But then you’d be describing a worker-owned cooperative. Since these executives are beholden to their own private governments (the Board that never has to join those all-hands but controls what the people who control your paycheck), it’d be easier to imagine them adjusting this pay readjustment as a pilot or a show of good will to workers to encourage them to not invoke their rights in the workplace (which isn’t too hard). Consider it a remix on the holiday bonus!

At the end of the day, I remain firm in my stance that a workplace that doesn’t provide workers a actionable voice into how their labor contributes to the well-being of the organization and its assets as a whole needs a union. Especially tech companies, with our short tenures, pay gaps even at the highest-funded organizations, still-rampant discrimination and more regressive policies in labor management.

That’s why CEOs make me laugh. The disconnection from reality that can come even from a considerable pay raise, elevated status and control and the ease of dismissal of the needs of the workers who transfer their labor into their direct deposit of $29,105.17 per month (which, before taxes, is about 3/4 of a US presidential salary as of 2001) is something I’ll never be able to relate to, a side effect of how capitalism has split the wealth capture between millennials and Gen X. This is the kind of correlation that Anderson makes as she speaks about the economist who tries their best to minimize a whole swath of workers, the lives they live under capitalism and how companies take advantage of that - for profit or reputation. I was just hoping for a bit more behind the words from these people, but I'm understanding now that this is the taint you take with that job so it's not even personal.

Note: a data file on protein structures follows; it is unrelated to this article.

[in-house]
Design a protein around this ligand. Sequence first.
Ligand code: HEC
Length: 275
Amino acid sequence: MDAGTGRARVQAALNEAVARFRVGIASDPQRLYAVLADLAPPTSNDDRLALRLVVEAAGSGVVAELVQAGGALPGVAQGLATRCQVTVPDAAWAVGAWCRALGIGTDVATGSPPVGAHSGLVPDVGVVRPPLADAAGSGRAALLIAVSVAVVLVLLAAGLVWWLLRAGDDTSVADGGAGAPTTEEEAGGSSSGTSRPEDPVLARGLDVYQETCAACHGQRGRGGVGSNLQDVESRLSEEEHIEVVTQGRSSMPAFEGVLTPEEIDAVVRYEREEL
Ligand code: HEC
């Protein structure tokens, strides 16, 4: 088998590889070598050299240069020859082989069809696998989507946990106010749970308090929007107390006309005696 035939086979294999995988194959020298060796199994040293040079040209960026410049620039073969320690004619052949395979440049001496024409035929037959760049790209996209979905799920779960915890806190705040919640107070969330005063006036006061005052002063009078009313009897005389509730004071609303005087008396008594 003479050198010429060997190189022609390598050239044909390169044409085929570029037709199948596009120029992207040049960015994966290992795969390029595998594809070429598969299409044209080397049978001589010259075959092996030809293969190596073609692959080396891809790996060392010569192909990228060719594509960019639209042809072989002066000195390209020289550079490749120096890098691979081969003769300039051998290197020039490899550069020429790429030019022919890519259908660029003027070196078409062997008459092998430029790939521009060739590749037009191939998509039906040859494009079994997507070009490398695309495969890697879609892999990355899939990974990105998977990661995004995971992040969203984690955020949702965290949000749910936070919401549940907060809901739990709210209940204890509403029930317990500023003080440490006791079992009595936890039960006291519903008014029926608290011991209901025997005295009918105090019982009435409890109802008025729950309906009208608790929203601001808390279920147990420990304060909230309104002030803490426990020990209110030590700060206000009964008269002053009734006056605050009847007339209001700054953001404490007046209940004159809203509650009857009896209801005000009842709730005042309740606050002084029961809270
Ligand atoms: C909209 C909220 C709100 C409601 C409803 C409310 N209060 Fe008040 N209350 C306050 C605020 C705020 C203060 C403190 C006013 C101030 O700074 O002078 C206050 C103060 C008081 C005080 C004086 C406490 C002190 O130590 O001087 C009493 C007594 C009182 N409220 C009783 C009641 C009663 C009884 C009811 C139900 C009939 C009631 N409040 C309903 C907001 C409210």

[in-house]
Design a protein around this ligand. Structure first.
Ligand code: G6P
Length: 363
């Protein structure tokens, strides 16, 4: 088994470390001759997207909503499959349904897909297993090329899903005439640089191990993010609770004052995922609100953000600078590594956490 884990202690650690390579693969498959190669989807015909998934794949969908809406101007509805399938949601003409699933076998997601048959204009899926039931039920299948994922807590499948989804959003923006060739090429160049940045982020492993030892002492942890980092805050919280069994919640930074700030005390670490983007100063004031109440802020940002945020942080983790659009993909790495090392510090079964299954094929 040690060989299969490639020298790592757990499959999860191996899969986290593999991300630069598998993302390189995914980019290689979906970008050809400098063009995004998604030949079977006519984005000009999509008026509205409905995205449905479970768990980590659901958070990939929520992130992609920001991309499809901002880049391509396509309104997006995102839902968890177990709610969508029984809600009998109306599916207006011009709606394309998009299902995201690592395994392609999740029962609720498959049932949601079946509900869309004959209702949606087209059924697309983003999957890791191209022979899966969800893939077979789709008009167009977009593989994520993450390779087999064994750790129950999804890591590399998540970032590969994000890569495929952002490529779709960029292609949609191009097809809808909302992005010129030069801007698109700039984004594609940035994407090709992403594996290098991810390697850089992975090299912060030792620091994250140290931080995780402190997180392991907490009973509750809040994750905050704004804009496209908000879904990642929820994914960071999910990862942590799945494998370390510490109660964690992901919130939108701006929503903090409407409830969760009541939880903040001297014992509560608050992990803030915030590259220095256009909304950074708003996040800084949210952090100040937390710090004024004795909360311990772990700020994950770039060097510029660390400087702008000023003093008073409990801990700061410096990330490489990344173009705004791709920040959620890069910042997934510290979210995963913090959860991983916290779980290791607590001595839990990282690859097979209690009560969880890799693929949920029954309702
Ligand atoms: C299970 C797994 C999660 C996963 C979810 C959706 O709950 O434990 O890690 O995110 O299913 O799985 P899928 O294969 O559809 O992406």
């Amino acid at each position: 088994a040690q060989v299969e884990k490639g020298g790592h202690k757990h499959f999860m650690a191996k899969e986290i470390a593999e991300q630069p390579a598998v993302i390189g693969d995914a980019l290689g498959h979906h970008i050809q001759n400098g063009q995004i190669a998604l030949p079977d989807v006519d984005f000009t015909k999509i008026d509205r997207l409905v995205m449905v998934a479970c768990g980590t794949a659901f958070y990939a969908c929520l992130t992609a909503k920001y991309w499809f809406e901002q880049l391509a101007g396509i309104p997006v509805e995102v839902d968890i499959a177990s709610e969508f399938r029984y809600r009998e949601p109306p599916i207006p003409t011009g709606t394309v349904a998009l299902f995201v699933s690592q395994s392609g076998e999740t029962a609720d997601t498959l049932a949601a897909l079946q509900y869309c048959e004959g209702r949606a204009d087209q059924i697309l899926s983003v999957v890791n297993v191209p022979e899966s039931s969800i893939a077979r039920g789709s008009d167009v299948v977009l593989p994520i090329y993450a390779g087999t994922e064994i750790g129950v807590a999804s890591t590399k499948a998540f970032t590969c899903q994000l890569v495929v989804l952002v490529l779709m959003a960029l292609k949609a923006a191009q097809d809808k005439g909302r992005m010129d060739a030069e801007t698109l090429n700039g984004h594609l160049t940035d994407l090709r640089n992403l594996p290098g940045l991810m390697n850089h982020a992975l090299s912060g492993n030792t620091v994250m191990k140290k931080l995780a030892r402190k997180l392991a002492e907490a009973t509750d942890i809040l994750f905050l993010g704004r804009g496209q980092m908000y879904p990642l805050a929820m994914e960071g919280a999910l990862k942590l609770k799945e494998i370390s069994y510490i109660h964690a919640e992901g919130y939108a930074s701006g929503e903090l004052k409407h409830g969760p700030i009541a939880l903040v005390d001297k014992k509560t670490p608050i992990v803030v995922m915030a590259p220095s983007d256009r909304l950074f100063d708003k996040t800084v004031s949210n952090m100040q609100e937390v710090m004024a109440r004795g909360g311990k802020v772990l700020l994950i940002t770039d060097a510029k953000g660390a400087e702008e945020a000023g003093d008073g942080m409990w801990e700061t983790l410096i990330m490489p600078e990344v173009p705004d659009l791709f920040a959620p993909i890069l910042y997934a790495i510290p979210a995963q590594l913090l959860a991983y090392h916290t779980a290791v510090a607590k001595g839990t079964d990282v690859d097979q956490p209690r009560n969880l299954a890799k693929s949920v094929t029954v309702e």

Sadly, because of how this country works, I have to end this by disclosing that my inclusion of the people mentioned does not consititute an attack or defamational message about them, the organizations or affliated parties, and should not be construted as the such. This exists as an opinion blog post, nothing more. Depending on how one parses it will be told by time.